Friday, January 20, 2023


Agnes de Mille (niece of Cecille B. de Mille)
The art experience is a state of grace. It implies total submission, total service. You become transparent, perfectly used, reorganized. You become all self and selfless, a conductor. It demands health, not serenity or even happiness, but inner conviction, nerve and vigor. You realize at last, if only partially but with humility and joy, the meaning of the great promise in Revelation: “Behold, I make all things new.” — Agnes de Mille, To a Young Dancer

I decided to write this article a few hours after my niece Ashley was wed to Kenji at a very solemn, traditional marriage ceremony at a Catholic church in North Hollywood. I was totally awed by what the newlyweds did after they entered at the reception hall. Up front, on a centrally located dance floor, the two performed an evidently well-rehearsed choreography which amazed and delighted the gathered family and friends. Later, before the garter tossing ritual, her spouse and three of his groomsmen executed another impressive dance routine in front of the seated bride. Near the end of it, the rest of the groomsmen and bridesmaids joined them, having obviously invested much time and effort practicing for this performance.

The burden to write about dancing, however, came several weeks earlier when I met the woman who ran the dance academy where my daughter-in-law is a ballet instructor. This director told me that after becoming a Christian she gave up her dancing career, because her church considered dancing a worldly behavior. But after almost 30 years of missionary service, she discovered that such condemnation was not Scriptural. Realizing that she had been a victim of religious legalism rather than sound Bible teaching, she returned to dancing as an avenue for Christian ministry.

Compass Dance Academy, Tyrone, GA

Yet as I began to write, I recalled watching another sad episode of how this widespread legalistic censure against dancing played out at a Christian gathering. Several decades ago, I was at a men’s retreat sponsored by a strongly evangelical denomination. During an activity where talented people had an opportunity to show their skills, a man in his early thirties, dressed in gym shorts and a tee shirt, danced for us. After briefly introducing his theme, he used his body’s creative movements to emotively express that theme during nearly fifteen minutes of energetic dancing.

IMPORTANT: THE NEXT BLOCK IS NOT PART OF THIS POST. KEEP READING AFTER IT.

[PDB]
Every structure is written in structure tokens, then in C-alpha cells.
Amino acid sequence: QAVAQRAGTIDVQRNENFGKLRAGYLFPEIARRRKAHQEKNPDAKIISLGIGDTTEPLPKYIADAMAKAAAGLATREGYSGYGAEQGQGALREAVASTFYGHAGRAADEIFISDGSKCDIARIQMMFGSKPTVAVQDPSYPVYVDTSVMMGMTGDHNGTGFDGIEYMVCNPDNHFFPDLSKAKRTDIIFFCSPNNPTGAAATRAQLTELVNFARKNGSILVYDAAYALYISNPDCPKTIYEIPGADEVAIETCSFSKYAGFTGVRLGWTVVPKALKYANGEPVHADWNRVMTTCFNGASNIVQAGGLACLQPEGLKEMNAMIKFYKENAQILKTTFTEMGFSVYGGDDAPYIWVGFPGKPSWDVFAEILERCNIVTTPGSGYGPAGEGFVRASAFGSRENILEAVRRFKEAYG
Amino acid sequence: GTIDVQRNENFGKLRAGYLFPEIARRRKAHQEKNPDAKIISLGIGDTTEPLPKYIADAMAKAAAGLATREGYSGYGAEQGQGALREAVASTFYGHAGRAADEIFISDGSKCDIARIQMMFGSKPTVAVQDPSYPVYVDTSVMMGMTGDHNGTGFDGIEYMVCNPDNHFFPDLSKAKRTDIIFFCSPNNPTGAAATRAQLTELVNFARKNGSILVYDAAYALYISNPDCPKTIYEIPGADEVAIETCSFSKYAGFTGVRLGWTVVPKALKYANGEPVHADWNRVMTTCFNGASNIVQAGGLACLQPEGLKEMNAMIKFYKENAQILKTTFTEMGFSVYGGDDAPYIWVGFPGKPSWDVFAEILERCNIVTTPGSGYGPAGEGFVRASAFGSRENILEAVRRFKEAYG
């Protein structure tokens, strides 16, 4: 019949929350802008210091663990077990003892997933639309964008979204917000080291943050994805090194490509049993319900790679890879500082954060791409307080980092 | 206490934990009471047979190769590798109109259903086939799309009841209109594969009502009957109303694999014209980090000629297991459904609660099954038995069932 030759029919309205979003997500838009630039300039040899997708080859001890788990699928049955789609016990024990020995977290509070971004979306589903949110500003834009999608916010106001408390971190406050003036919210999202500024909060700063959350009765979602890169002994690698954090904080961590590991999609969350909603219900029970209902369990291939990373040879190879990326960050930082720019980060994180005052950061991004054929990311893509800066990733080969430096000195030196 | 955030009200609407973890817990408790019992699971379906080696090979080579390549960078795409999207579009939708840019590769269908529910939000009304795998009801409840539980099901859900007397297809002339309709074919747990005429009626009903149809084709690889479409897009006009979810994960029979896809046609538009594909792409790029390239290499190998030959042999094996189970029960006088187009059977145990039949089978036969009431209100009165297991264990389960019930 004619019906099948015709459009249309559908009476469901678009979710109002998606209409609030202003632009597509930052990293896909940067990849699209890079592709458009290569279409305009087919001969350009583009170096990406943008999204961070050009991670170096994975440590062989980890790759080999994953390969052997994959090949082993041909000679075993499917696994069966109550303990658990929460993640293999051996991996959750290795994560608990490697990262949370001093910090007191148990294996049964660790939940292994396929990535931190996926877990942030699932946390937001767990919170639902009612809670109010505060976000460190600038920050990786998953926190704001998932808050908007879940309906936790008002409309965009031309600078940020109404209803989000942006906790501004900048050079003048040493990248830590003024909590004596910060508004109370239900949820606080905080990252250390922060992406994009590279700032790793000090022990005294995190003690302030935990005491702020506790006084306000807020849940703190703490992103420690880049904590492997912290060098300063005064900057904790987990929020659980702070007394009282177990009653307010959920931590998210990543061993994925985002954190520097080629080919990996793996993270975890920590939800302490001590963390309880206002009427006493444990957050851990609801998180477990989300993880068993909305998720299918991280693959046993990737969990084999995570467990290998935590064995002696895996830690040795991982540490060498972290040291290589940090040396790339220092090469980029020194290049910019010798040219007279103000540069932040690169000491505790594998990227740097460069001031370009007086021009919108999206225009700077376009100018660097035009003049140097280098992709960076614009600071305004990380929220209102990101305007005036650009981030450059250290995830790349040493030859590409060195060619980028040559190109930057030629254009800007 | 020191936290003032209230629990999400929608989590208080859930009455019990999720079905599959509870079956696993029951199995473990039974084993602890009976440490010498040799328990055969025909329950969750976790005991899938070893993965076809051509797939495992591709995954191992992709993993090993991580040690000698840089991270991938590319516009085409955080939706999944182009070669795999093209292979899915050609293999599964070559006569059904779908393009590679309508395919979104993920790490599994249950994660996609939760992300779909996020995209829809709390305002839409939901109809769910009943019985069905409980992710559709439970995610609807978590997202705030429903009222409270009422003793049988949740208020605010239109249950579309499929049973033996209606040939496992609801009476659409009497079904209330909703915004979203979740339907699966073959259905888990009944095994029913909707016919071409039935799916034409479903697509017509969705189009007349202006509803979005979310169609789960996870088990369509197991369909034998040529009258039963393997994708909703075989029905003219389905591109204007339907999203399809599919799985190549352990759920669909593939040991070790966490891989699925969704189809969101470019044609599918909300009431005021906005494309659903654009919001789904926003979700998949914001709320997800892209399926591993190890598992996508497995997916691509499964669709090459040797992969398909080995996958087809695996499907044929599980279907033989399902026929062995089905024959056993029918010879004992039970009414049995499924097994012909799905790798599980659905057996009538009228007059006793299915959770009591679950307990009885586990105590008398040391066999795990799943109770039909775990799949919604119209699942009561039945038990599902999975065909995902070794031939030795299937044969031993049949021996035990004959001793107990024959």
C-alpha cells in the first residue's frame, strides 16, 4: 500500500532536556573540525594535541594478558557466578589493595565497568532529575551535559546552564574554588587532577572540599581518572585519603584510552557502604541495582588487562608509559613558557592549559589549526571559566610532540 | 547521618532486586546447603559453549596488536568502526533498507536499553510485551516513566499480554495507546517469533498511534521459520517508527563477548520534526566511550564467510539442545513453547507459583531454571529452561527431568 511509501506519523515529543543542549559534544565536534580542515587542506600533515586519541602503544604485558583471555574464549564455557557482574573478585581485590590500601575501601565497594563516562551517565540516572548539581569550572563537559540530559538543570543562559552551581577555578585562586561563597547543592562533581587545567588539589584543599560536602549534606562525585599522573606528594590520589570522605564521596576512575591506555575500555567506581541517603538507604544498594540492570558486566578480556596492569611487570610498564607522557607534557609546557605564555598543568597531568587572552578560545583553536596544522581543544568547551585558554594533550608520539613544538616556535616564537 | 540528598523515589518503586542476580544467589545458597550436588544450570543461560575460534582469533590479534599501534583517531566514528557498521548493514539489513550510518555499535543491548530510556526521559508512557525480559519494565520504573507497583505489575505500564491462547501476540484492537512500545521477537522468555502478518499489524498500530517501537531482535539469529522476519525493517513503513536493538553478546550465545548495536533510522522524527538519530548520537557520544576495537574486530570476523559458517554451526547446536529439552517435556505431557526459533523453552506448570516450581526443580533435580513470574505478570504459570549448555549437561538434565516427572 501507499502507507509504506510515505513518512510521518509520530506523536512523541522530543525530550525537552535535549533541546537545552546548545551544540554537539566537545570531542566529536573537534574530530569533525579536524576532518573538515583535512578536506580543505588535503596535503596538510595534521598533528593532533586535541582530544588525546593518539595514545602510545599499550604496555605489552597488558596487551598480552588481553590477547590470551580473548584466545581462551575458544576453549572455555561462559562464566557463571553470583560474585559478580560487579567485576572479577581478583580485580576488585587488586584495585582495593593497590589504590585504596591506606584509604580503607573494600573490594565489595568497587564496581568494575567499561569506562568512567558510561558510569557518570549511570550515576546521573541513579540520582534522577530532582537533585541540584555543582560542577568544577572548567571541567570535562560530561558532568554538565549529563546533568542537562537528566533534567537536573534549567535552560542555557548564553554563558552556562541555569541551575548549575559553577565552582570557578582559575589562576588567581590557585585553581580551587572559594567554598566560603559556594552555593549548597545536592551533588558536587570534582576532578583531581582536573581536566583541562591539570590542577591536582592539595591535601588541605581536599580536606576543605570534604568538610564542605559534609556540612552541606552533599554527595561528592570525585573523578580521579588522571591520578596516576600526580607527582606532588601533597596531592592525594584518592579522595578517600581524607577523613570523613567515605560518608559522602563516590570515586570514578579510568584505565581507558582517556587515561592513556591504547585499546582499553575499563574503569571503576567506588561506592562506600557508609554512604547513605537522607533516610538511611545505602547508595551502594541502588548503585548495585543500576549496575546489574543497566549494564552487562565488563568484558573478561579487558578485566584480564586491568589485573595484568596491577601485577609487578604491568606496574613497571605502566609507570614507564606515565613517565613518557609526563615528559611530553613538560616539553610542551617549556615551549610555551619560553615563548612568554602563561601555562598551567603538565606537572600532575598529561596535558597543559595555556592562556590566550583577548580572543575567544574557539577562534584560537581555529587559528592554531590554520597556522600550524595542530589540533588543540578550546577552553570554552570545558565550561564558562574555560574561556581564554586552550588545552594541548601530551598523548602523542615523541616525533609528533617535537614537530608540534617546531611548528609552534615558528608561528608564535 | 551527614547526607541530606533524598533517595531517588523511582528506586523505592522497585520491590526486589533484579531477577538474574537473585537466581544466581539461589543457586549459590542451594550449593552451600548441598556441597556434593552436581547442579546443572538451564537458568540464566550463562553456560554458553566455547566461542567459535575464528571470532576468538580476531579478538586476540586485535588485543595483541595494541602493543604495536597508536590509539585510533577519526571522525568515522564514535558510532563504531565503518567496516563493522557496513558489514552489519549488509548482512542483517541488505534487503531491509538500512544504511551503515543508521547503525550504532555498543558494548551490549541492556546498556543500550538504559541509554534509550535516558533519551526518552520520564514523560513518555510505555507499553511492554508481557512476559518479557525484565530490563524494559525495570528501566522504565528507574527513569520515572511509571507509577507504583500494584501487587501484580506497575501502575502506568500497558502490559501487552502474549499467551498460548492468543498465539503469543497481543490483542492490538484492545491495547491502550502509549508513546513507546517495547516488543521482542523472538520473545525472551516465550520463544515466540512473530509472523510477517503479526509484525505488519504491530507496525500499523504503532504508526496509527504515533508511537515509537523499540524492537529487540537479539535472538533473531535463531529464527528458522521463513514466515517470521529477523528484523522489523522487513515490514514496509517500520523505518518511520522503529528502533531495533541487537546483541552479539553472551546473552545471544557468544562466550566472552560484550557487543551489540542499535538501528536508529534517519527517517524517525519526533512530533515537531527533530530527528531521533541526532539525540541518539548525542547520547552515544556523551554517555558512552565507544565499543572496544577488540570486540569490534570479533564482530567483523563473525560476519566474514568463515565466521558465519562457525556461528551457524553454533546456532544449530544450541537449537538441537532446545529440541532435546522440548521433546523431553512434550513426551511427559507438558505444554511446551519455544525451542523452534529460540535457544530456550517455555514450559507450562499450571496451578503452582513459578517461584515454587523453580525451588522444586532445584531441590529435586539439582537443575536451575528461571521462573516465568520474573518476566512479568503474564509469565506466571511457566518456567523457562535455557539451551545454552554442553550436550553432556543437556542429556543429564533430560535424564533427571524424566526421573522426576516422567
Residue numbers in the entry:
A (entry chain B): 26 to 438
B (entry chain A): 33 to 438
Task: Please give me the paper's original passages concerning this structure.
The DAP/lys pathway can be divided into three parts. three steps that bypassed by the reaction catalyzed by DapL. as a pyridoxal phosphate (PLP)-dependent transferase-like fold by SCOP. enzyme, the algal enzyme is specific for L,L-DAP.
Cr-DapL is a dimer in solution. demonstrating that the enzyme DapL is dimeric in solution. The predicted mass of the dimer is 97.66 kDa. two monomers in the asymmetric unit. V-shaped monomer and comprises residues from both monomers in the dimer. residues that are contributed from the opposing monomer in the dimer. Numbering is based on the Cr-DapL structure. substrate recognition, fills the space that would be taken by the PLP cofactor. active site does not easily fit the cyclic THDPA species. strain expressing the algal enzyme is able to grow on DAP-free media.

As he ended his dance, sweat soaked his outfit and was dripping from his face. But an uncomfortable silence reigned in the meeting hall. The sound of his heavy, rapid breathing should have been drowned in applause. But if there was any clapping, it was so brief, scattered and weak that it did not register in my memory. I felt sorry for the fellow but not enough to withstand the peer pressure of the unspoken consensus. Although I hesitated to applaud him, I now believe Jesus was clapping loudly. I could kick myself for not joining Him, but my rear-end is too far away in the past for my foot to reach it. Instead, I hope this article will somehow make amends for my cowardice.

Dancing on the Dance Floor

Long before that men’s retreat—and despite my own denominational background’s religious aversion to dancing—I named my talk on chaste relationships between guys and gals “The Dance of the Sexes.” The dance metaphor was too perfect to pass up. Every day, on many dance-floor environments (schools, jobs, churches, neighborhoods, various gatherings), we are routinely in a social dance with those of the opposite sex. To regulate behaviors and boundaries in those opposite-sex interactions, God has only one standard: marriage. The main thrust of my talk was to show that God’s holy and healthy rule for both marrieds and singles is an exclusive pre- and post-marital fidelity to spouses.

A Video Talk on YouTube